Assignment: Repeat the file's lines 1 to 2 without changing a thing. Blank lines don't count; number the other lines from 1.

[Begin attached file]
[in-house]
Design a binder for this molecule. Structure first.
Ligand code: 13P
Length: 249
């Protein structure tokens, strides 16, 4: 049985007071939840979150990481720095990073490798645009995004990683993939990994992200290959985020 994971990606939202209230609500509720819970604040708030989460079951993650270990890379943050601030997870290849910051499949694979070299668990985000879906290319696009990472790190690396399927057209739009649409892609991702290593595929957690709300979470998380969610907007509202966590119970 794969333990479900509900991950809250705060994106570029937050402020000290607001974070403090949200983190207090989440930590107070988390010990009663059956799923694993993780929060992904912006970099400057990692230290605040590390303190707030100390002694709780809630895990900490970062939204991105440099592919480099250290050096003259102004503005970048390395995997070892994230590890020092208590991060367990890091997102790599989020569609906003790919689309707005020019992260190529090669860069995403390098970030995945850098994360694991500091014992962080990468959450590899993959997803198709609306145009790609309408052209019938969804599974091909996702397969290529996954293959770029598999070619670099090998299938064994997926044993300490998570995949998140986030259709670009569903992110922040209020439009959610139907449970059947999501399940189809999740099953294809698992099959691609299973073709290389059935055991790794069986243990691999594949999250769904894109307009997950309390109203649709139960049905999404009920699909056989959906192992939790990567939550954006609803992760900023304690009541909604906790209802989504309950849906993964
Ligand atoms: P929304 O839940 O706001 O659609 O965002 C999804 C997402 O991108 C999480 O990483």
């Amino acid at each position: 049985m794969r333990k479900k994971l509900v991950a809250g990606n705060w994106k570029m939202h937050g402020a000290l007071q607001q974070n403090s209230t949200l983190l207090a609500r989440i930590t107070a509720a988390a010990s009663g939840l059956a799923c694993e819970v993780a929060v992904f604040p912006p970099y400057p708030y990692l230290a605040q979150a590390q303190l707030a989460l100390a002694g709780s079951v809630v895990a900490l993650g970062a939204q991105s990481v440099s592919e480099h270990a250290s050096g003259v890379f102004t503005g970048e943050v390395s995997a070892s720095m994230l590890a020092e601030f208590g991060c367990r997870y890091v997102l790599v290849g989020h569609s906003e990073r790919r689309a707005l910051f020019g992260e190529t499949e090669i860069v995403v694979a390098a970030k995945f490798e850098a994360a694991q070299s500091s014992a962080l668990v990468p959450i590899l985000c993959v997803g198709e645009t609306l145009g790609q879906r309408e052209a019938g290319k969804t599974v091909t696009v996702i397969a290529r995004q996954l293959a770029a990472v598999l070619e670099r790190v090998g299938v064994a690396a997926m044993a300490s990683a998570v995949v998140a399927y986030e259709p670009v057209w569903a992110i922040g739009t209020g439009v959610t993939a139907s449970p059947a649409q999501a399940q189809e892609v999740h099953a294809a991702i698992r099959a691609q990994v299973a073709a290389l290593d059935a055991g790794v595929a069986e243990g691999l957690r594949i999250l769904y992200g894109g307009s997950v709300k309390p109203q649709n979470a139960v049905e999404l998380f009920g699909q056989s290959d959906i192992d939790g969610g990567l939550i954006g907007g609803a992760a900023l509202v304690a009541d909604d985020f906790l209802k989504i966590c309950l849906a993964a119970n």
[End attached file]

[in-house]
Design a binder for this molecule. Structure first.